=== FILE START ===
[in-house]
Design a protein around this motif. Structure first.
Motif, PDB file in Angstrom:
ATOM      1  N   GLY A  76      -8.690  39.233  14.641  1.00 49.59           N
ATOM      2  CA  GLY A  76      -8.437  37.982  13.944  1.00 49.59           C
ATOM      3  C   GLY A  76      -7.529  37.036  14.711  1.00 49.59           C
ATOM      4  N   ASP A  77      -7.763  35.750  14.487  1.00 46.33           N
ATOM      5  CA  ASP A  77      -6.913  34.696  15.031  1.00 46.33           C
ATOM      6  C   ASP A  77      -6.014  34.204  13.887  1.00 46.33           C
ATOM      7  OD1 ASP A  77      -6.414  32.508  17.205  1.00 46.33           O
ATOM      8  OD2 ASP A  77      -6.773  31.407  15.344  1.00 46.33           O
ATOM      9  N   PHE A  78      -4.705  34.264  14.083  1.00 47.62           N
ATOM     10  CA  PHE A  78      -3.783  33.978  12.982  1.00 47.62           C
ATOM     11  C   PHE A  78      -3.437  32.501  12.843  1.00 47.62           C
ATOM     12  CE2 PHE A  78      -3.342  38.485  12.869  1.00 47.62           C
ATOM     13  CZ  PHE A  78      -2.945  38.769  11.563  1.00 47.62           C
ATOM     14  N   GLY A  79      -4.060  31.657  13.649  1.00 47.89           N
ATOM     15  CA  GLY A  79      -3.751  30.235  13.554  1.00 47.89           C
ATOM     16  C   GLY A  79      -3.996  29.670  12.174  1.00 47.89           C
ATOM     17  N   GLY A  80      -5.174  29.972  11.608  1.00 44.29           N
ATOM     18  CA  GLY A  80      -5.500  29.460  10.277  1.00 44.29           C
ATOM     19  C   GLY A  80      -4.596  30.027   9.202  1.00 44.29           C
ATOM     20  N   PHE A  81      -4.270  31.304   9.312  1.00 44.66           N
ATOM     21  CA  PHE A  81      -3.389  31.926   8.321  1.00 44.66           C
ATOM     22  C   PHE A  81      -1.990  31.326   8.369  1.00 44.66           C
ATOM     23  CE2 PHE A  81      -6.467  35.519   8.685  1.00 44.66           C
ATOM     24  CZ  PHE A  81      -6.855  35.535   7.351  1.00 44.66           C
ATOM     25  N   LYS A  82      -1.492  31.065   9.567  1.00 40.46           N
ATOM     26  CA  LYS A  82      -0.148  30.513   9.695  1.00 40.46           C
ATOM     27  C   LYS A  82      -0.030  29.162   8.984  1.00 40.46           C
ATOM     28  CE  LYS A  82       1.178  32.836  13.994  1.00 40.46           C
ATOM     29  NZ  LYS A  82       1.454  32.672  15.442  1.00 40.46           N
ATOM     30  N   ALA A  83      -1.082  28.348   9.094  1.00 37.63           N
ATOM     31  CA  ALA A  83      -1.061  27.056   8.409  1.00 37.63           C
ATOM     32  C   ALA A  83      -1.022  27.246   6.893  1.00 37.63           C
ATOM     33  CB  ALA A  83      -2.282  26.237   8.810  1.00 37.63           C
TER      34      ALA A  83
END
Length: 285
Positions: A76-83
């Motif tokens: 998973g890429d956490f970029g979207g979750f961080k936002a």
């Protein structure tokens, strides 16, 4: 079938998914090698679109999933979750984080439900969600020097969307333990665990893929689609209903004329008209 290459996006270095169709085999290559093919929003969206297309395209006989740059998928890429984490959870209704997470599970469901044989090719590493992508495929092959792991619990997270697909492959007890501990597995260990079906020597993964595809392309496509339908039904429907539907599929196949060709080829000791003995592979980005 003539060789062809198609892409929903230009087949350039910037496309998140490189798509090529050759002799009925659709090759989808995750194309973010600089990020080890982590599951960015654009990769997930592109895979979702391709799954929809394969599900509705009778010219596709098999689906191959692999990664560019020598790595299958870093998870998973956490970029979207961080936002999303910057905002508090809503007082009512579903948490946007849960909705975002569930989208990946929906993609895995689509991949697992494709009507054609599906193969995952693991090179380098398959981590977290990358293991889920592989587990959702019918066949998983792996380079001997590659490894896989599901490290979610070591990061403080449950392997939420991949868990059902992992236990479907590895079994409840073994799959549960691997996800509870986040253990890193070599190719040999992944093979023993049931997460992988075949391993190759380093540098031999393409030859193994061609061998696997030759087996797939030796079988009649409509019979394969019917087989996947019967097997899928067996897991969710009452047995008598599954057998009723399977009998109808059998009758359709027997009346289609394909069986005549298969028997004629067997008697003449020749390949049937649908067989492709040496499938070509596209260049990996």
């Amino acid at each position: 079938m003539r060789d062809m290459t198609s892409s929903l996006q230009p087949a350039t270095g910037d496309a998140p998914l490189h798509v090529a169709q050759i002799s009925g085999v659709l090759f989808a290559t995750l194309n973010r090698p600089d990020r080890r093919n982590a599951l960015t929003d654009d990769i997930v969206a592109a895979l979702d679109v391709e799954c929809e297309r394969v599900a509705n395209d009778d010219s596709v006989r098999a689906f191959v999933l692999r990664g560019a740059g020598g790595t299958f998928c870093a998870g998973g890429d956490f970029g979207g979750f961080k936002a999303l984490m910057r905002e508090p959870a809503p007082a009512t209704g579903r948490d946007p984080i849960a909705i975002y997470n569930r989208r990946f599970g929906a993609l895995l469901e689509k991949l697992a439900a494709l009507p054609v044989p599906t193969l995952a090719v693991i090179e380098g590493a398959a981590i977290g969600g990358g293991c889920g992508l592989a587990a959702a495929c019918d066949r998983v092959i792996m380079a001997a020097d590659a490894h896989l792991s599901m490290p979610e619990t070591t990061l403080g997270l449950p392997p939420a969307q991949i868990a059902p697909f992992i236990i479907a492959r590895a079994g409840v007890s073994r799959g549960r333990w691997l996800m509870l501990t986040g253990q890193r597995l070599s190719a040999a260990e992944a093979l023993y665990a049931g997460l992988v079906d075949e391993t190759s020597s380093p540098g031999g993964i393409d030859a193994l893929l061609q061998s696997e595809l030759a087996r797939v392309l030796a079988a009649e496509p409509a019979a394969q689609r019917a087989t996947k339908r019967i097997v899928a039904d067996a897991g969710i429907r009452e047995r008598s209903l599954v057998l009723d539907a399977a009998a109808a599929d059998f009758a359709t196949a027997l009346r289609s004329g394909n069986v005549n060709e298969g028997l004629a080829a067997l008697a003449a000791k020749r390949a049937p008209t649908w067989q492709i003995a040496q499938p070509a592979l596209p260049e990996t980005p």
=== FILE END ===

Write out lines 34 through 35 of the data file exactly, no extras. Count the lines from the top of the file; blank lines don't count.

ATOM     31  CA  ALA A  83      -1.061  27.056   8.409  1.00 37.63           C
ATOM     32  C   ALA A  83      -1.022  27.246   6.893  1.00 37.63           C